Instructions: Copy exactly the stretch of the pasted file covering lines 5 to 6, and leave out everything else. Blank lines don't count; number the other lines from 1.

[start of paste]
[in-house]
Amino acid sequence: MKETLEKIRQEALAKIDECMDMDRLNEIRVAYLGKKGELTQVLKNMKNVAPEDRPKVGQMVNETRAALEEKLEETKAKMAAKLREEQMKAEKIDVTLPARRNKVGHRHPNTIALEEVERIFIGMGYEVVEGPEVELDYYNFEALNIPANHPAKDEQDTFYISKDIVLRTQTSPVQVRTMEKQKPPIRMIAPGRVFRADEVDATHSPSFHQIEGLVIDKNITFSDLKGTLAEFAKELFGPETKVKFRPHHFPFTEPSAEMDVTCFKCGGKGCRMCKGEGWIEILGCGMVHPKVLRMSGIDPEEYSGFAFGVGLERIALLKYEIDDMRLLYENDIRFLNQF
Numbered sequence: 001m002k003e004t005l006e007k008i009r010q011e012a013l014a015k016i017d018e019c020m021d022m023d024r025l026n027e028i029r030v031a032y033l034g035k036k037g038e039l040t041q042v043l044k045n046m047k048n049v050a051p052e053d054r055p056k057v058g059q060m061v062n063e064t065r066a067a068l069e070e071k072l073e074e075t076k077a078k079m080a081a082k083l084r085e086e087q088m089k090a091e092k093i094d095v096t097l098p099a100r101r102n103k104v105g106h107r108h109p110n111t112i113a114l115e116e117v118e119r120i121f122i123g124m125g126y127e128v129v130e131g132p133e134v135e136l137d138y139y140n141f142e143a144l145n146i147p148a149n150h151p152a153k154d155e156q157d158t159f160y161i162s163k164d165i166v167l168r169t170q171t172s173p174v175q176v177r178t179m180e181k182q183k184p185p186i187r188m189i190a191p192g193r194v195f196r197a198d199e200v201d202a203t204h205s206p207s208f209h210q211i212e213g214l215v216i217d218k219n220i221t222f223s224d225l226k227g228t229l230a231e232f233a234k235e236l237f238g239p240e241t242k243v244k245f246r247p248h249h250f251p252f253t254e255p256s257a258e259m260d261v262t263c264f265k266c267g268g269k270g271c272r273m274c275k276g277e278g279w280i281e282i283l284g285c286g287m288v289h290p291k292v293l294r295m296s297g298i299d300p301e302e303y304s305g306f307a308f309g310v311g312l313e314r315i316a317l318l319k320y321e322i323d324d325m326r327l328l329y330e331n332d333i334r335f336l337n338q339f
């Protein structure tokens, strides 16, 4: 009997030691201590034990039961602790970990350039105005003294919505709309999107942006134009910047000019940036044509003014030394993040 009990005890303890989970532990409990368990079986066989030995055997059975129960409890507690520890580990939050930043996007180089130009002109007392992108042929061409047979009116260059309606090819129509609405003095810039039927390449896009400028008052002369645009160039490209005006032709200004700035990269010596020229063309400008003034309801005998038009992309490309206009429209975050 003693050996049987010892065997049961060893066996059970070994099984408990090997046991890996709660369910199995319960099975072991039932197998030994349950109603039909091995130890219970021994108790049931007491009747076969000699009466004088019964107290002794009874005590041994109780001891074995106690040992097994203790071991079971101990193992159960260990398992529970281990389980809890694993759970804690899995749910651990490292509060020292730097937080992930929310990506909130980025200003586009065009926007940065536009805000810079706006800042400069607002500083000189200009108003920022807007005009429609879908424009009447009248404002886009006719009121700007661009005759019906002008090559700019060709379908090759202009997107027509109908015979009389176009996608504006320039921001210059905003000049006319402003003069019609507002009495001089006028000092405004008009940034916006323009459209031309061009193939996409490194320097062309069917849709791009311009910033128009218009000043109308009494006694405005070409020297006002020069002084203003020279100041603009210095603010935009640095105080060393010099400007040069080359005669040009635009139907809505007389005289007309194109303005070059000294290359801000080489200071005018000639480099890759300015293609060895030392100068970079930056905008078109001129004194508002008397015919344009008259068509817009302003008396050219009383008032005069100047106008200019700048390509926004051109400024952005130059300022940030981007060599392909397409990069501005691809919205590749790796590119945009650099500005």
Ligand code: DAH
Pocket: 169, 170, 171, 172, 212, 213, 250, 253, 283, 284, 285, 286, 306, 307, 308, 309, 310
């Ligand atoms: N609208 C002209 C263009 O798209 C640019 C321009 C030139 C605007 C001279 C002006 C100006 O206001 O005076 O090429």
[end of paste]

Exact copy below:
Ligand code: DAH
Pocket: 169, 170, 171, 172, 212, 213, 250, 253, 283, 284, 285, 286, 306, 307, 308, 309, 310